Carrollton Patriot Newspaper

03 Oct 1912
And He was Once a Carrollton Boy
A man who developed into manhood in the pioneer village of Carrollton – our own Carrollton – some 80 years ago, and who has been dead half a century, is the hero of the book that has quite recently come from the press. This book was written in New York, published in Boston, and it records the historic achievements of its hero on the Pacific Coast. Furthermore, it is not the only volume that has been written about him. These statements should give some idea of the dimensions of the man, but not an adequate idea.
The title of the book is "The Contest for California in 1861: How Colonel E. D. Baker Saved the Pacific States to the Union".
In the Capital Building at Washington is a marble statue inscribed "Baker". A professor from one of the leading universities paused before that statue one day and inquired, "Who was Baker? What did he do to get in here?” That incident prompted the author Elijah R. Kennedy, to write the book.
As the title indicates the book is devoted to the later part of Colonel Baker’s life, the years that were spent in and for California and Oregon. Of his early life only such glimpses are given as will indicated the poverty, which would not hold him down, his insatiate thirst for knowledge, his dashing bravery and the beginnings of that eloquence which made him famous.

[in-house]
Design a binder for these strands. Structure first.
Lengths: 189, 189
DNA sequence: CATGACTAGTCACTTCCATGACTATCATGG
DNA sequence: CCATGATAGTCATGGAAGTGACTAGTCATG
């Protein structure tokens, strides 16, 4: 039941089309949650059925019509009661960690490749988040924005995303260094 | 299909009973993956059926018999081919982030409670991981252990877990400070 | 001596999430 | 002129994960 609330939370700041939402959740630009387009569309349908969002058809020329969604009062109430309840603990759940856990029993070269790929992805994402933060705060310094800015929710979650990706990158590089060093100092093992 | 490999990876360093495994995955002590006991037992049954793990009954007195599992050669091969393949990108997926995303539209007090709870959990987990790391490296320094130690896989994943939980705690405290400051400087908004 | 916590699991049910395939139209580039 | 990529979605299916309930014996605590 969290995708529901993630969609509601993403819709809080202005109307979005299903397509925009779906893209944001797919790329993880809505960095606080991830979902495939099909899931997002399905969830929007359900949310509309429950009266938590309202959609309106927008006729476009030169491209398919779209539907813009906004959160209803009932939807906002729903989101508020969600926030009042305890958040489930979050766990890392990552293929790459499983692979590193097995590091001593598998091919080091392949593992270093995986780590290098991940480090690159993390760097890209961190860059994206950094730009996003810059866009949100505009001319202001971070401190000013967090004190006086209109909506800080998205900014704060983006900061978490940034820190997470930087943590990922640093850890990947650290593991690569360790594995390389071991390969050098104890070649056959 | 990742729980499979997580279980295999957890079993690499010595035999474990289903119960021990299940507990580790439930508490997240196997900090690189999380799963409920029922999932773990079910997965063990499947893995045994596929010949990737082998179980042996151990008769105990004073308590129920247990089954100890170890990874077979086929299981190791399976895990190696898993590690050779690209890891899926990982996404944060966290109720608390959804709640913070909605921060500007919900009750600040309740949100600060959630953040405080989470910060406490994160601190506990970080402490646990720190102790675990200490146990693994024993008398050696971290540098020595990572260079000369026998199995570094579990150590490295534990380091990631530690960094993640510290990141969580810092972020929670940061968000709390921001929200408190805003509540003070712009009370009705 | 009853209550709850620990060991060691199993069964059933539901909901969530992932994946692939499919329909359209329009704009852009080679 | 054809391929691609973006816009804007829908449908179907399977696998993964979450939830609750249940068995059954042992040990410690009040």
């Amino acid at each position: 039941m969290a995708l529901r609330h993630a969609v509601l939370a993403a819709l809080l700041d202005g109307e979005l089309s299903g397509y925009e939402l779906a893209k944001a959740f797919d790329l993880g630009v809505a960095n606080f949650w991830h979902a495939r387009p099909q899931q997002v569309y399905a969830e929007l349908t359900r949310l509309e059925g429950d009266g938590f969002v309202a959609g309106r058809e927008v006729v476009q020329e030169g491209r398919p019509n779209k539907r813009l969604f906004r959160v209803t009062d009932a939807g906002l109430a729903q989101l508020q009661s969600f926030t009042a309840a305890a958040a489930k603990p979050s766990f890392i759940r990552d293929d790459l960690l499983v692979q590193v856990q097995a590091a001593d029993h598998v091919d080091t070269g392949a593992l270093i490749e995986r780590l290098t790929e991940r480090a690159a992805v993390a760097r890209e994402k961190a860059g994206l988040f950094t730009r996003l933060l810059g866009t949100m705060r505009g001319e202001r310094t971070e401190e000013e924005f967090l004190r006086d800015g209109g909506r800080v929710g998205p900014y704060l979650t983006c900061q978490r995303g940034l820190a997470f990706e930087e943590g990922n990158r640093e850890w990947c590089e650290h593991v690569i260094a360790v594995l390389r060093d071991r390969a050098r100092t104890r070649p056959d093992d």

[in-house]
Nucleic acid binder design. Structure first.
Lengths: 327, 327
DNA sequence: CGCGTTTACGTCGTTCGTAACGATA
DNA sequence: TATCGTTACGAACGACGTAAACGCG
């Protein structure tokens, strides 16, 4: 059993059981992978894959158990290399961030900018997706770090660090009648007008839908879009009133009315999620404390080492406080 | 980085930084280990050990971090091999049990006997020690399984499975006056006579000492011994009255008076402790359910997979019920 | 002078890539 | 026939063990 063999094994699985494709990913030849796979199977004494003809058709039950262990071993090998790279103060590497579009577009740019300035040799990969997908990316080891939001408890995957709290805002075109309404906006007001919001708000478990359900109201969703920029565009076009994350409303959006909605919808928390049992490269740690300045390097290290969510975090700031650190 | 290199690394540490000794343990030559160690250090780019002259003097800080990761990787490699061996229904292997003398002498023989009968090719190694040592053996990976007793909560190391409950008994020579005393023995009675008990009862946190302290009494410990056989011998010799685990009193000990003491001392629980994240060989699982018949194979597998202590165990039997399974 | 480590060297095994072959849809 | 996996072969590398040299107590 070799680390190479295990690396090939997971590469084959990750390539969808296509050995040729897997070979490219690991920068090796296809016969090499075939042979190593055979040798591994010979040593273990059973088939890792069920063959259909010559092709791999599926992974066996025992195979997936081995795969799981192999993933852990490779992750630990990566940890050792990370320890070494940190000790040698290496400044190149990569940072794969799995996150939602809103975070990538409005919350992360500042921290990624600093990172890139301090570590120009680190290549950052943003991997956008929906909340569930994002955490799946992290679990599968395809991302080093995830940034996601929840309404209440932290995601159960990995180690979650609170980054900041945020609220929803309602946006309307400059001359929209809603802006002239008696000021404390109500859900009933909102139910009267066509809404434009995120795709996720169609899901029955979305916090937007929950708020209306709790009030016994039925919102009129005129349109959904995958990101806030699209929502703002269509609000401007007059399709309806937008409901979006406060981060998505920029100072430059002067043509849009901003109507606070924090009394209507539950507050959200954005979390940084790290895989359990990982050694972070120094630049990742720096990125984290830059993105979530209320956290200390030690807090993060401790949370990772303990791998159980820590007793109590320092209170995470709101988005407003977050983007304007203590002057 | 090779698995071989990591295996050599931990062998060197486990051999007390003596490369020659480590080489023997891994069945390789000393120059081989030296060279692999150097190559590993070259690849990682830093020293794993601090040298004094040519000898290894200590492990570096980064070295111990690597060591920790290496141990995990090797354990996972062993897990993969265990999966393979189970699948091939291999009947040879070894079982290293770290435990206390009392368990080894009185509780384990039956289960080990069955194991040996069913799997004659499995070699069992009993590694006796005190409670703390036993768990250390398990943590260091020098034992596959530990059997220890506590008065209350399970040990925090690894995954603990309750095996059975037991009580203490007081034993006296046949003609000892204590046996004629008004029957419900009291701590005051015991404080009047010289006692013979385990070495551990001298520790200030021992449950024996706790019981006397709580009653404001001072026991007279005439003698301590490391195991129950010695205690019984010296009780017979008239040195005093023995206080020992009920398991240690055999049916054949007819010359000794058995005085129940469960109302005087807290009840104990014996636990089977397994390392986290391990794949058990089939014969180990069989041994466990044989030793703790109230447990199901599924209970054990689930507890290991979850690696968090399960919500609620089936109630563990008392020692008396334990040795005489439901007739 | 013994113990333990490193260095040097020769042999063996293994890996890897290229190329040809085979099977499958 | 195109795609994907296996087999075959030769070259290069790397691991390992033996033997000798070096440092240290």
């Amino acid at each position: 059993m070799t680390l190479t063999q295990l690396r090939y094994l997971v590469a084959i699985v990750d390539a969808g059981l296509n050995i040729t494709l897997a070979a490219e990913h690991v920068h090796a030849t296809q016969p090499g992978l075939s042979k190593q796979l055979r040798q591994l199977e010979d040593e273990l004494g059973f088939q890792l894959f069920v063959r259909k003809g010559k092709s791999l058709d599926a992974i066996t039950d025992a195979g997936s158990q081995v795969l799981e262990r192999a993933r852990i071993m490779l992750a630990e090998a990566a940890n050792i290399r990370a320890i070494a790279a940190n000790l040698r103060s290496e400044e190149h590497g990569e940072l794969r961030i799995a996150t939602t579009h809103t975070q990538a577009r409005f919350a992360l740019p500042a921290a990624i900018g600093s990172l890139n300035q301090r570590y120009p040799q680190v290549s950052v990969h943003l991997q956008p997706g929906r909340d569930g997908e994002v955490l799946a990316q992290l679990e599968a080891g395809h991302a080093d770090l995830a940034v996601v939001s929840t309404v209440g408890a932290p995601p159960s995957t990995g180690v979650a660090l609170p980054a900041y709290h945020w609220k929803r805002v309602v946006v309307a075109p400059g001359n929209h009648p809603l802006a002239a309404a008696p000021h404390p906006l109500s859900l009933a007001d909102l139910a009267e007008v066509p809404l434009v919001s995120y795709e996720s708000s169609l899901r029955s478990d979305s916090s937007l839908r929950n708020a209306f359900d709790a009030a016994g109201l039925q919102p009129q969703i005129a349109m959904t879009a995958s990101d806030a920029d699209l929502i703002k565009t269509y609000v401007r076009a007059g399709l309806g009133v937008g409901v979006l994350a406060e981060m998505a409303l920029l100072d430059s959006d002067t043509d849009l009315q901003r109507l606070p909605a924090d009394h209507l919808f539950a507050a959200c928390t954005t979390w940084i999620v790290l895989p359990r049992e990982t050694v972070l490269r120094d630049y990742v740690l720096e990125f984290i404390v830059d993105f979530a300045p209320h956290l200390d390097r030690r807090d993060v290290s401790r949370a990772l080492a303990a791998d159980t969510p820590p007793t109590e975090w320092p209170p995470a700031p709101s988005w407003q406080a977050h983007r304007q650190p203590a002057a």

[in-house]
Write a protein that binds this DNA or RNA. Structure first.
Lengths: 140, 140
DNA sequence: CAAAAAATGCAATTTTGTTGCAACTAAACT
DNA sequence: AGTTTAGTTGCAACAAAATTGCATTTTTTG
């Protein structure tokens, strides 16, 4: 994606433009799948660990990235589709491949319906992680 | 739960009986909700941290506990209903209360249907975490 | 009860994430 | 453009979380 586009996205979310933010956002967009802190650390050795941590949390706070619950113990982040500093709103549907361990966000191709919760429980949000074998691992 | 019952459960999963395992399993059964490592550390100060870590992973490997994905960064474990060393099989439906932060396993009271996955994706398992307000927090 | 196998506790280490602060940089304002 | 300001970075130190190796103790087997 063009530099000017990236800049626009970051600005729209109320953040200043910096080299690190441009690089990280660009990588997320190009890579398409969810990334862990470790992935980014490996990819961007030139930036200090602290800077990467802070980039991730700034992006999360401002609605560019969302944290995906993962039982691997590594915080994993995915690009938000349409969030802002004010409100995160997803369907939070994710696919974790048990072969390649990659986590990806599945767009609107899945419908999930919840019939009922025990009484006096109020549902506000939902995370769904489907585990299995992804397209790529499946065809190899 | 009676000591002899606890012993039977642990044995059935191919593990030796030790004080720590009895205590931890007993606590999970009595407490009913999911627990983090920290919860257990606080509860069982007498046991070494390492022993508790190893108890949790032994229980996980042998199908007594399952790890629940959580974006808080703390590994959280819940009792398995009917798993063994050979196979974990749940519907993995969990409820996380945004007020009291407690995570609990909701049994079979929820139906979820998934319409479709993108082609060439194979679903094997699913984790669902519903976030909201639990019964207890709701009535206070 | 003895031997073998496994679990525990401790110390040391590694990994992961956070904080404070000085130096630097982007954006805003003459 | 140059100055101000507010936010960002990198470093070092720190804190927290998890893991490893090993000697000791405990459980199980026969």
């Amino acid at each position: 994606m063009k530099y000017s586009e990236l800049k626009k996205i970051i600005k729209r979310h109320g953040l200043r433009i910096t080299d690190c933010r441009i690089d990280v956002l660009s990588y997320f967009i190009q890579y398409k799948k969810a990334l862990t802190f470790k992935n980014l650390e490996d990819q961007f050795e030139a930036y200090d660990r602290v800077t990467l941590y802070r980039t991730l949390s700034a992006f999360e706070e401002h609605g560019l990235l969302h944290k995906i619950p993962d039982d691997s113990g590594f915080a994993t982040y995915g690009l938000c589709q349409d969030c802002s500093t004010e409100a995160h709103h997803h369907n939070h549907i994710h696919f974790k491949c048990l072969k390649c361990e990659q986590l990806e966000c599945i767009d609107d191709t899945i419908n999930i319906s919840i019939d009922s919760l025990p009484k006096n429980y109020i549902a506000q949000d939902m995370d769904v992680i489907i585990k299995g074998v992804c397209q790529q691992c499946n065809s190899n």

But the author should not have skipped entirely the years that Baker spent in Carrollton, where he studied law, where he married, where he joined the Christian Church, in which he exercised his oratorical power by exhortation. Only once is the fact of him residing in Carrollton mentioned, and that was incidentally. Young Baker enlisted as a Private soldier in the Black Hawk War in the spring of 1832, and of his return from the campaign against the Indians the author copies this incident from Wallace's biography of Baker:
"When his regiment was mustered out of service, near Dixon, on the upper waters of the Mississippi, instead of returning home overland, with his Comrades in Arms, he procured a canoe from some friendly Indians, and accompanied by a single companion, boldly descended the Father of Waters a distance of about 300 miles, to a convenient point in Calhoun County, where he landed his frail bark and then proceeded on foot to his home in Carrollton."
Baker had been admitted to the bar here in Carrollton in 1830, at the age of 19 years. The author says he was married April 27, 1931 when only 20 years of age to Mary Ann Lee, "an accomplished and well to do widow of Springfield, with whom he lived in the happiest relations until his tragic death." The date is probably correct, but Mrs. Lee belonged in Carrollton. She was the widow of Samuel Lee, Jr., the first Recorder and Clerk of the Circuit and County Courts of Greene County. Just before his death in 1829, Lee had built a brick house at the northwest corner of the square. So, when young Baker married the widow he also acquired a home, which was probably the first he had really had. The Lee house still stands on the public square, and is the West part of the Hodges Office Building.